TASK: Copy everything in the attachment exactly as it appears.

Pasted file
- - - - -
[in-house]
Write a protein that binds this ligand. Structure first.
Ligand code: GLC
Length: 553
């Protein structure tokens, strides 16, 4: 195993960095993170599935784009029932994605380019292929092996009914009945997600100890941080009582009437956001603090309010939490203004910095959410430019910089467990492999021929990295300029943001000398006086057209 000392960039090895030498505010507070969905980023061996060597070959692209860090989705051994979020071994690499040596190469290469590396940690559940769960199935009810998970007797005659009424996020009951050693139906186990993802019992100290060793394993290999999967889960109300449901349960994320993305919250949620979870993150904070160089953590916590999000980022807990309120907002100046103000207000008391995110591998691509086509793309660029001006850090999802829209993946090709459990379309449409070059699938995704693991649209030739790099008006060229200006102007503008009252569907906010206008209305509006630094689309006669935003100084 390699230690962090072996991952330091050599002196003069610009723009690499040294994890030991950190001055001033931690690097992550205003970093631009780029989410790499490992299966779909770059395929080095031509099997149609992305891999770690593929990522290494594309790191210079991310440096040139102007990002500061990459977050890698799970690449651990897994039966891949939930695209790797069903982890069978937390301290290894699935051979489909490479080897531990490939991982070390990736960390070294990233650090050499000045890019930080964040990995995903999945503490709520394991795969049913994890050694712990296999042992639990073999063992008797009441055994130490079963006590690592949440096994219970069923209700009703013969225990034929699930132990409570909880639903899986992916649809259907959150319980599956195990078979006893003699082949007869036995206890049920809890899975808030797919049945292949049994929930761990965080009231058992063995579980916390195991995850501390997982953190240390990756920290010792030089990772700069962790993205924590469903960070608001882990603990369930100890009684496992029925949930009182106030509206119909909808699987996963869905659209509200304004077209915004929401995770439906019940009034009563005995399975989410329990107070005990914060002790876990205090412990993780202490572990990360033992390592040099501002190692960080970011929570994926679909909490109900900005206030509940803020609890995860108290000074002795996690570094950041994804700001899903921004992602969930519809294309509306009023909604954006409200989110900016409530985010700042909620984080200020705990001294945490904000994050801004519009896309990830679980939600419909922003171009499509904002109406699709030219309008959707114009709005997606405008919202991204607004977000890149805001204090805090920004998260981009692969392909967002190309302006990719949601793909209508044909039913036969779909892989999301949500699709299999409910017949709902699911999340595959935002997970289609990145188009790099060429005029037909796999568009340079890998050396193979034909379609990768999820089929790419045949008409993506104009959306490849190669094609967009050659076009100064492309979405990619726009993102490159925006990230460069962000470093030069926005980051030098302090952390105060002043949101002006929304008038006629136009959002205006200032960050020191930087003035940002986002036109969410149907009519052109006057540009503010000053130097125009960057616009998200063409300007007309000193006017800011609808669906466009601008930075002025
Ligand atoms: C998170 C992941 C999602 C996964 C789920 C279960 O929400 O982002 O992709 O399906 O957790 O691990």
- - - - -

[in-house]
Write a protein that binds this ligand. Structure first.
Ligand code: GLC
Length: 553
């Protein structure tokens, strides 16, 4: 195993960095993170599935784009029932994605380019292929092996009914009945997600100890941080009582009437956001603090309010939490203004910095959410430019910089467990492999021929990295300029943001000398006086057209 000392960039090895030498505010507070969905980023061996060597070959692209860090989705051994979020071994690499040596190469290469590396940690559940769960199935009810998970007797005659009424996020009951050693139906186990993802019992100290060793394993290999999967889960109300449901349960994320993305919250949620979870993150904070160089953590916590999000980022807990309120907002100046103000207000008391995110591998691509086509793309660029001006850090999802829209993946090709459990379309449409070059699938995704693991649209030739790099008006060229200006102007503008009252569907906010206008209305509006630094689309006669935003100084 390699230690962090072996991952330091050599002196003069610009723009690499040294994890030991950190001055001033931690690097992550205003970093631009780029989410790499490992299966779909770059395929080095031509099997149609992305891999770690593929990522290494594309790191210079991310440096040139102007990002500061990459977050890698799970690449651990897994039966891949939930695209790797069903982890069978937390301290290894699935051979489909490479080897531990490939991982070390990736960390070294990233650090050499000045890019930080964040990995995903999945503490709520394991795969049913994890050694712990296999042992639990073999063992008797009441055994130490079963006590690592949440096994219970069923209700009703013969225990034929699930132990409570909880639903899986992916649809259907959150319980599956195990078979006893003699082949007869036995206890049920809890899975808030797919049945292949049994929930761990965080009231058992063995579980916390195991995850501390997982953190240390990756920290010792030089990772700069962790993205924590469903960070608001882990603990369930100890009684496992029925949930009182106030509206119909909808699987996963869905659209509200304004077209915004929401995770439906019940009034009563005995399975989410329990107070005990914060002790876990205090412990993780202490572990990360033992390592040099501002190692960080970011929570994926679909909490109900900005206030509940803020609890995860108290000074002795996690570094950041994804700001899903921004992602969930519809294309509306009023909604954006409200989110900016409530985010700042909620984080200020705990001294945490904000994050801004519009896309990830679980939600419909922003171009499509904002109406699709030219309008959707114009709005997606405008919202991204607004977000890149805001204090805090920004998260981009692969392909967002190309302006990719949601793909209508044909039913036969779909892989999301949500699709299999409910017949709902699911999340595959935002997970289609990145188009790099060429005029037909796999568009340079890998050396193979034909379609990768999820089929790419045949008409993506104009959306490849190669094609967009050659076009100064492309979405990619726009993102490159925006990230460069962000470093030069926005980051030098302090952390105060002043949101002006929304008038006629136009959002205006200032960050020191930087003035940002986002036109969410149907009519052109006057540009503010000053130097125009960057616009998200063409300007007309000193006017800011609808669906466009601008930075002025
Ligand atoms: C998170 C992941 C999602 C996964 C789920 C279960 O929400 O982002 O992709 O399906 O957790 O691990």